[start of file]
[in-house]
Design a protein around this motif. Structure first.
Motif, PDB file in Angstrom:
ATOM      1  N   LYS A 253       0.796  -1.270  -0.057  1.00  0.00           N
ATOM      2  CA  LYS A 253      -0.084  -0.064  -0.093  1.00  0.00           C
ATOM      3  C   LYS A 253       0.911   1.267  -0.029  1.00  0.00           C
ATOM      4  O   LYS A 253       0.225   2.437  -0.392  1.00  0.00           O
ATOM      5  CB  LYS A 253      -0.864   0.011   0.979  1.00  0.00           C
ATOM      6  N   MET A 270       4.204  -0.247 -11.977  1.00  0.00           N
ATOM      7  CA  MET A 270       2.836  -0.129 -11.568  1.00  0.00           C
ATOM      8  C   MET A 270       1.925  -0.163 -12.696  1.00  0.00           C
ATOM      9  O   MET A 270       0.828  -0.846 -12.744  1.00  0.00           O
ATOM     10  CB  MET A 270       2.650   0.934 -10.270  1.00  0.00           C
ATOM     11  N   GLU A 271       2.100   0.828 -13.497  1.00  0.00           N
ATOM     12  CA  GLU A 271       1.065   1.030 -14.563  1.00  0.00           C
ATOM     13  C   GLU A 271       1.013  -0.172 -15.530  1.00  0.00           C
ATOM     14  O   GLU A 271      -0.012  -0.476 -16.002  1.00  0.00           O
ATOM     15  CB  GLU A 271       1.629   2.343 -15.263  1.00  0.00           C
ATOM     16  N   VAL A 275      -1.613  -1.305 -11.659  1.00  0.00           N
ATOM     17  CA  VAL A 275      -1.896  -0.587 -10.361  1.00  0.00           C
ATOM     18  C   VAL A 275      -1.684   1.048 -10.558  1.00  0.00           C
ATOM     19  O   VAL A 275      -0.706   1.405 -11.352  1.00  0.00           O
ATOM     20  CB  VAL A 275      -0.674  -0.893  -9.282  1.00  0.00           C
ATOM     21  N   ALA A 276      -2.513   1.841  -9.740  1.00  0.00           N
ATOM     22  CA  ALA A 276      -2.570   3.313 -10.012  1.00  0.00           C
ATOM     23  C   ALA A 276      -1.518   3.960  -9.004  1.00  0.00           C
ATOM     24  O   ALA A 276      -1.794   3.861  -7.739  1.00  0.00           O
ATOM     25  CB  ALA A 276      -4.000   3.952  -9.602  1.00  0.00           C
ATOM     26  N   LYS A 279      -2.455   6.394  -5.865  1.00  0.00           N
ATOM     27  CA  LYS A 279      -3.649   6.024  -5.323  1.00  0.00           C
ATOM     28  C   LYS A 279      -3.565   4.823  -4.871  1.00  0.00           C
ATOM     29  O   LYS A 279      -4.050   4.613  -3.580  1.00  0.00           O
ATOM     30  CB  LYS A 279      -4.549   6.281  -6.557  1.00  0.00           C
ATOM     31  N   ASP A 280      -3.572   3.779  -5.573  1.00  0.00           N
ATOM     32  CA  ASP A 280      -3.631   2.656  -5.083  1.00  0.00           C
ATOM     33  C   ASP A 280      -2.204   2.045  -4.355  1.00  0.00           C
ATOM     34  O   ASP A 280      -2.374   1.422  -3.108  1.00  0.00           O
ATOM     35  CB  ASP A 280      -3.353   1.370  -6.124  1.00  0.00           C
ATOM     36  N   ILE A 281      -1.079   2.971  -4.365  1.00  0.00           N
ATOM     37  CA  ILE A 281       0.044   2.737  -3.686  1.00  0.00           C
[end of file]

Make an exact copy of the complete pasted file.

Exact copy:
[in-house]
Design a protein around this motif. Structure first.
Motif, PDB file in Angstrom:
ATOM      1  N   LYS A 253       0.796  -1.270  -0.057  1.00  0.00           N
ATOM      2  CA  LYS A 253      -0.084  -0.064  -0.093  1.00  0.00           C
ATOM      3  C   LYS A 253       0.911   1.267  -0.029  1.00  0.00           C
ATOM      4  O   LYS A 253       0.225   2.437  -0.392  1.00  0.00           O
ATOM      5  CB  LYS A 253      -0.864   0.011   0.979  1.00  0.00           C
ATOM      6  N   MET A 270       4.204  -0.247 -11.977  1.00  0.00           N
ATOM      7  CA  MET A 270       2.836  -0.129 -11.568  1.00  0.00           C
ATOM      8  C   MET A 270       1.925  -0.163 -12.696  1.00  0.00           C
ATOM      9  O   MET A 270       0.828  -0.846 -12.744  1.00  0.00           O
ATOM     10  CB  MET A 270       2.650   0.934 -10.270  1.00  0.00           C
ATOM     11  N   GLU A 271       2.100   0.828 -13.497  1.00  0.00           N
ATOM     12  CA  GLU A 271       1.065   1.030 -14.563  1.00  0.00           C
ATOM     13  C   GLU A 271       1.013  -0.172 -15.530  1.00  0.00           C
ATOM     14  O   GLU A 271      -0.012  -0.476 -16.002  1.00  0.00           O
ATOM     15  CB  GLU A 271       1.629   2.343 -15.263  1.00  0.00           C
ATOM     16  N   VAL A 275      -1.613  -1.305 -11.659  1.00  0.00           N
ATOM     17  CA  VAL A 275      -1.896  -0.587 -10.361  1.00  0.00           C
ATOM     18  C   VAL A 275      -1.684   1.048 -10.558  1.00  0.00           C
ATOM     19  O   VAL A 275      -0.706   1.405 -11.352  1.00  0.00           O
ATOM     20  CB  VAL A 275      -0.674  -0.893  -9.282  1.00  0.00           C
ATOM     21  N   ALA A 276      -2.513   1.841  -9.740  1.00  0.00           N
ATOM     22  CA  ALA A 276      -2.570   3.313 -10.012  1.00  0.00           C
ATOM     23  C   ALA A 276      -1.518   3.960  -9.004  1.00  0.00           C
ATOM     24  O   ALA A 276      -1.794   3.861  -7.739  1.00  0.00           O
ATOM     25  CB  ALA A 276      -4.000   3.952  -9.602  1.00  0.00           C
ATOM     26  N   LYS A 279      -2.455   6.394  -5.865  1.00  0.00           N
ATOM     27  CA  LYS A 279      -3.649   6.024  -5.323  1.00  0.00           C
ATOM     28  C   LYS A 279      -3.565   4.823  -4.871  1.00  0.00           C
ATOM     29  O   LYS A 279      -4.050   4.613  -3.580  1.00  0.00           O
ATOM     30  CB  LYS A 279      -4.549   6.281  -6.557  1.00  0.00           C
ATOM     31  N   ASP A 280      -3.572   3.779  -5.573  1.00  0.00           N
ATOM     32  CA  ASP A 280      -3.631   2.656  -5.083  1.00  0.00           C
ATOM     33  C   ASP A 280      -2.204   2.045  -4.355  1.00  0.00           C
ATOM     34  O   ASP A 280      -2.374   1.422  -3.108  1.00  0.00           O
ATOM     35  CB  ASP A 280      -3.353   1.370  -6.124  1.00  0.00           C
ATOM     36  N   ILE A 281      -1.079   2.971  -4.365  1.00  0.00           N
ATOM     37  CA  ILE A 281       0.044   2.737  -3.686  1.00  0.00           C